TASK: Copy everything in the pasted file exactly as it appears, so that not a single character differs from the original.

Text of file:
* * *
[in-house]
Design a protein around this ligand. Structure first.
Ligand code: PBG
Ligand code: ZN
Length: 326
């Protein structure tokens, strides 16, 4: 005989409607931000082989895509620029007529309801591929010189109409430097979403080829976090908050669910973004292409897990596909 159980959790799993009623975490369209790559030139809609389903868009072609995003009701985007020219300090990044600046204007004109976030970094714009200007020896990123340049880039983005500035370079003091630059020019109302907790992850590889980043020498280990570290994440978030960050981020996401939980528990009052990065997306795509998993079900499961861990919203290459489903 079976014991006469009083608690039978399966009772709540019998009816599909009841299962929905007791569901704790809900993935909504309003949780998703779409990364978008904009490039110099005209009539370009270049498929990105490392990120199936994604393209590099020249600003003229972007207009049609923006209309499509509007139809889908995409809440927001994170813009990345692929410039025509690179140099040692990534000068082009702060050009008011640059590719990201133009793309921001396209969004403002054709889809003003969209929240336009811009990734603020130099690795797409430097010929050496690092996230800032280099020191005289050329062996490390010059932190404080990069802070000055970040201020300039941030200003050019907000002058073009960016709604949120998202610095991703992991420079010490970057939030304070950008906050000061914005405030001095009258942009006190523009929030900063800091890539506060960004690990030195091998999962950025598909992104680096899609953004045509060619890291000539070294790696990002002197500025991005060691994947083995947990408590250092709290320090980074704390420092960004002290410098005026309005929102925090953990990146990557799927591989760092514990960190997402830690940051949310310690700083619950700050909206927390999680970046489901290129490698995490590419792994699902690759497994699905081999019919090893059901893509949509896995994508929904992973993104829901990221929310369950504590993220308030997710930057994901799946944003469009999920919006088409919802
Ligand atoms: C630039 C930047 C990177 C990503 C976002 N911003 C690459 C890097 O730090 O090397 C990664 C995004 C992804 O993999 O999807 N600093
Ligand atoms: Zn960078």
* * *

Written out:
[in-house]
Design a protein around this ligand. Structure first.
Ligand code: PBG
Ligand code: ZN
Length: 326
């Protein structure tokens, strides 16, 4: 005989409607931000082989895509620029007529309801591929010189109409430097979403080829976090908050669910973004292409897990596909 159980959790799993009623975490369209790559030139809609389903868009072609995003009701985007020219300090990044600046204007004109976030970094714009200007020896990123340049880039983005500035370079003091630059020019109302907790992850590889980043020498280990570290994440978030960050981020996401939980528990009052990065997306795509998993079900499961861990919203290459489903 079976014991006469009083608690039978399966009772709540019998009816599909009841299962929905007791569901704790809900993935909504309003949780998703779409990364978008904009490039110099005209009539370009270049498929990105490392990120199936994604393209590099020249600003003229972007207009049609923006209309499509509007139809889908995409809440927001994170813009990345692929410039025509690179140099040692990534000068082009702060050009008011640059590719990201133009793309921001396209969004403002054709889809003003969209929240336009811009990734603020130099690795797409430097010929050496690092996230800032280099020191005289050329062996490390010059932190404080990069802070000055970040201020300039941030200003050019907000002058073009960016709604949120998202610095991703992991420079010490970057939030304070950008906050000061914005405030001095009258942009006190523009929030900063800091890539506060960004690990030195091998999962950025598909992104680096899609953004045509060619890291000539070294790696990002002197500025991005060691994947083995947990408590250092709290320090980074704390420092960004002290410098005026309005929102925090953990990146990557799927591989760092514990960190997402830690940051949310310690700083619950700050909206927390999680970046489901290129490698995490590419792994699902690759497994699905081999019919090893059901893509949509896995994508929904992973993104829901990221929310369950504590993220308030997710930057994901799946944003469009999920919006088409919802
Ligand atoms: C630039 C930047 C990177 C990503 C976002 N911003 C690459 C890097 O730090 O090397 C990664 C995004 C992804 O993999 O999807 N600093
Ligand atoms: Zn960078």